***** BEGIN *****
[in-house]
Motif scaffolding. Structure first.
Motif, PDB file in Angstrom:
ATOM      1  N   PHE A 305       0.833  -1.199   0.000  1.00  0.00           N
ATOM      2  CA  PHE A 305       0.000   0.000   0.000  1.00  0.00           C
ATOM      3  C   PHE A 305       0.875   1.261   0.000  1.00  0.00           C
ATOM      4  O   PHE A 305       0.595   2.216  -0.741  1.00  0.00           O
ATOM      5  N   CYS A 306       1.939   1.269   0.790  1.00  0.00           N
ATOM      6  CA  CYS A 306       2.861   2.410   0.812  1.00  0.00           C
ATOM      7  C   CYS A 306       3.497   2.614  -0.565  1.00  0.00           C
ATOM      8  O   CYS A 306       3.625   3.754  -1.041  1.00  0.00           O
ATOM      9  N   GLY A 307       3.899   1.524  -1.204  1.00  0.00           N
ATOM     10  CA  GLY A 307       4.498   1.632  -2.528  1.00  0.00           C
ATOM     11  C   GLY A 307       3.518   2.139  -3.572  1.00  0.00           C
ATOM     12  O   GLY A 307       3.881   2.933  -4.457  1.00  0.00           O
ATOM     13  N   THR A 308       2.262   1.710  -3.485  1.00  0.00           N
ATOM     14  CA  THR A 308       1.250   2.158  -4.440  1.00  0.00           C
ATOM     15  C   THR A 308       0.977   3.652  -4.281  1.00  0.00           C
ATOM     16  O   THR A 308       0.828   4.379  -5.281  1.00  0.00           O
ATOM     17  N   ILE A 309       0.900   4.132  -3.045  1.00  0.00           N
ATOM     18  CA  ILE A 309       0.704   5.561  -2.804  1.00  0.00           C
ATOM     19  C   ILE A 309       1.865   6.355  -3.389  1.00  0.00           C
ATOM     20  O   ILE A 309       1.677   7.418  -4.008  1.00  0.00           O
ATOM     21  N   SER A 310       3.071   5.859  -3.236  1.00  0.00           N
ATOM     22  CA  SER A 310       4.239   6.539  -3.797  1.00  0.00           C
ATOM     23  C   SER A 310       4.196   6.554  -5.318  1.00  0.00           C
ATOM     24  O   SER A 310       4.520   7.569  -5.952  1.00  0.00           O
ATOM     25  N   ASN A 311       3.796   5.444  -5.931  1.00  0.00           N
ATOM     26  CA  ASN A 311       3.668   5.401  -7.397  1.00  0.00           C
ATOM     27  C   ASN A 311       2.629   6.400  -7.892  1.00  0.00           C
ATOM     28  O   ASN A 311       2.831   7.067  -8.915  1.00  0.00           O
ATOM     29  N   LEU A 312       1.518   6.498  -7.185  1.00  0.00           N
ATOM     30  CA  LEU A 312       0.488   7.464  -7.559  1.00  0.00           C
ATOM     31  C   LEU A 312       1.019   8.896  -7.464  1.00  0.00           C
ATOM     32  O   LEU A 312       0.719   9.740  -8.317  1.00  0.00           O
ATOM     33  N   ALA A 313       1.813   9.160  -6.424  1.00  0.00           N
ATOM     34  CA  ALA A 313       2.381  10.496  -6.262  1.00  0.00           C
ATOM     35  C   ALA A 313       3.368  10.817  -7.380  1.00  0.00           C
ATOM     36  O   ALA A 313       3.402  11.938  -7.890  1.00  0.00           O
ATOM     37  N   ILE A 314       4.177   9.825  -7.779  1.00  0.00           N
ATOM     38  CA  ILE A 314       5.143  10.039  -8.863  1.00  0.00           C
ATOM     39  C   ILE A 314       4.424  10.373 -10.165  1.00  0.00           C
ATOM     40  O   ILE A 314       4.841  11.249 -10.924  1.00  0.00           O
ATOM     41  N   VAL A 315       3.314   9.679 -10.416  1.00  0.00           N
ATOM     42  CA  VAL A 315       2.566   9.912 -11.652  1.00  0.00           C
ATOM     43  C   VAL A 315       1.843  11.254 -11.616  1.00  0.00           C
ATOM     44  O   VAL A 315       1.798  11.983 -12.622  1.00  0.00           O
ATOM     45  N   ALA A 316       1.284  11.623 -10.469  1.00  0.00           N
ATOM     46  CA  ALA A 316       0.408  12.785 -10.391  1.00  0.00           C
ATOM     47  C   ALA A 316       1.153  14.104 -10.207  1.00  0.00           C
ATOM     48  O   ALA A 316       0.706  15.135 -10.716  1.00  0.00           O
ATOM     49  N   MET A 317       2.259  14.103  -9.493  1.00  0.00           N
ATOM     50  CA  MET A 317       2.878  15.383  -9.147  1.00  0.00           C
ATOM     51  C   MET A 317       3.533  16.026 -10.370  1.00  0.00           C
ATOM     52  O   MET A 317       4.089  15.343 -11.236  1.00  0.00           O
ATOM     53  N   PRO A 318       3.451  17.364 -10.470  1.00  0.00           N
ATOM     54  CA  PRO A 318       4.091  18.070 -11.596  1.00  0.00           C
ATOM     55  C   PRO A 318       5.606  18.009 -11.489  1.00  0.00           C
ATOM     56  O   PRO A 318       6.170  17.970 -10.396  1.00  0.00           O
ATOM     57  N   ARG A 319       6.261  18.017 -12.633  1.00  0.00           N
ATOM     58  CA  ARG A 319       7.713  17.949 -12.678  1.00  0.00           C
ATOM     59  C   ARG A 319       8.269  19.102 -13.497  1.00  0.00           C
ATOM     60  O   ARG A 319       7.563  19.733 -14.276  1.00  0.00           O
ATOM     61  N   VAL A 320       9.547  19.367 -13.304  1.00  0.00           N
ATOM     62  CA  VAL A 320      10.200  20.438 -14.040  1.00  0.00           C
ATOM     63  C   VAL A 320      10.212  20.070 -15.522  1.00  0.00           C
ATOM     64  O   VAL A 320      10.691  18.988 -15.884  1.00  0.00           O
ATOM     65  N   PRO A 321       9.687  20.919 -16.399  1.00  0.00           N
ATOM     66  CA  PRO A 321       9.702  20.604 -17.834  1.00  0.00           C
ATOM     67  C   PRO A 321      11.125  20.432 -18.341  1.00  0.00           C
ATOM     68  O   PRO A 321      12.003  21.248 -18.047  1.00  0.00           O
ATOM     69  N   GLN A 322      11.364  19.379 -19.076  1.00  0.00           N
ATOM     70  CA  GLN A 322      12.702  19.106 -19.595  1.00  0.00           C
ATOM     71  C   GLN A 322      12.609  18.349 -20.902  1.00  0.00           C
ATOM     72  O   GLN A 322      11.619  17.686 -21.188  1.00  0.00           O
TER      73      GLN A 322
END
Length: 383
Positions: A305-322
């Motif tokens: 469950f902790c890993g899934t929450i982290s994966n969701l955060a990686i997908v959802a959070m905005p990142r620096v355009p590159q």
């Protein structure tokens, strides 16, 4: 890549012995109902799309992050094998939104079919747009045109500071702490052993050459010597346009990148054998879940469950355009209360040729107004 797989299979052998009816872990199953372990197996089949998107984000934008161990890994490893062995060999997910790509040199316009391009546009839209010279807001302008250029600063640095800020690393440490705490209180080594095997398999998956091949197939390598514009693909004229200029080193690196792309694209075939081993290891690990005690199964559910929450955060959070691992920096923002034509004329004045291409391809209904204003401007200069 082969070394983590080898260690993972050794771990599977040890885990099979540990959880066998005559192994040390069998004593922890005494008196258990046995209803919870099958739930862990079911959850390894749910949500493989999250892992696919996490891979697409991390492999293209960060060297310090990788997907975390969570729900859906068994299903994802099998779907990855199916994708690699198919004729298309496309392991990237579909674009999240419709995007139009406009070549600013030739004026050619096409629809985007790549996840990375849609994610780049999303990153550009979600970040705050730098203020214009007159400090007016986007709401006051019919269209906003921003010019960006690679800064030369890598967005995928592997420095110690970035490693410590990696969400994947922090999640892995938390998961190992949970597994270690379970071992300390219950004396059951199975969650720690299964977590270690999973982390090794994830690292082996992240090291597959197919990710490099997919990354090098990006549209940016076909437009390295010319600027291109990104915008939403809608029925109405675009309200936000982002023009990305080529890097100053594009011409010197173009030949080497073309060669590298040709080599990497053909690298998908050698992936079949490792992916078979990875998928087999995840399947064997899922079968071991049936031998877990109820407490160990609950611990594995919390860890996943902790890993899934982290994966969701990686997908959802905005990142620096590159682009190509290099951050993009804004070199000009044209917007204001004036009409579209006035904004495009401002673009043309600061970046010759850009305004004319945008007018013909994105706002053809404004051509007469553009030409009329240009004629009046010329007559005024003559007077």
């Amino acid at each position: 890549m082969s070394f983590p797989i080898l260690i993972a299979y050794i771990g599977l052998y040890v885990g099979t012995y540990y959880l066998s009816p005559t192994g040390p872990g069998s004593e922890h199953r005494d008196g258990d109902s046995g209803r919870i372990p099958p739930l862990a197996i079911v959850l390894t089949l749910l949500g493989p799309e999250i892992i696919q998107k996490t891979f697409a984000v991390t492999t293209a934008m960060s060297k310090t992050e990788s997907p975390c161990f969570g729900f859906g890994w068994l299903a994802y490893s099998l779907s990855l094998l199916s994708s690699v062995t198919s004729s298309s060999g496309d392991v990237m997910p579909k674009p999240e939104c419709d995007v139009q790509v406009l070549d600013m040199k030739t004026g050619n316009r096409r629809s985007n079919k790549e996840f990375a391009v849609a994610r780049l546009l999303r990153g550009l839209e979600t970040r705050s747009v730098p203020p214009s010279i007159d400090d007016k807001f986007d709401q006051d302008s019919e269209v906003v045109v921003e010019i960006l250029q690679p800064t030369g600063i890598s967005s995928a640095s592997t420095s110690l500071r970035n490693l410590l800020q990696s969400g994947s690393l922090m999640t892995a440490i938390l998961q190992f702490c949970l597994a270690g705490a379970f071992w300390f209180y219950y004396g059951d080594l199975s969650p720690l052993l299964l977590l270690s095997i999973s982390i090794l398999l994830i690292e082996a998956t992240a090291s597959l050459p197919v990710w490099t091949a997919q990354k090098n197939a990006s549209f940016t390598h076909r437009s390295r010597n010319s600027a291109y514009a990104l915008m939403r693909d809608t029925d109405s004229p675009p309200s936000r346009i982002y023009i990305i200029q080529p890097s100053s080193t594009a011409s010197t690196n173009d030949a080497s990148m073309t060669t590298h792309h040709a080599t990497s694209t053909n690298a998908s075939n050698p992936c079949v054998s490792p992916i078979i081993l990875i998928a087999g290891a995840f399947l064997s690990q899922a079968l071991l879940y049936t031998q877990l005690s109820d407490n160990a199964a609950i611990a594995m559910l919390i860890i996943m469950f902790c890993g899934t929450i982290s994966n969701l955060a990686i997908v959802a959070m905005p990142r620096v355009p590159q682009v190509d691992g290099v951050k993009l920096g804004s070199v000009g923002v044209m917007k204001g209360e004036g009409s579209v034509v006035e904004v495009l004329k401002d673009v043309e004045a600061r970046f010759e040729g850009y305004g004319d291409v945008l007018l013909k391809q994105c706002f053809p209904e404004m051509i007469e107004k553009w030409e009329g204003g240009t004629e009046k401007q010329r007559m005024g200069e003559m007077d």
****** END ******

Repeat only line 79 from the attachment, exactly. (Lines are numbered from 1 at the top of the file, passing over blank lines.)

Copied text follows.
Positions: A305-322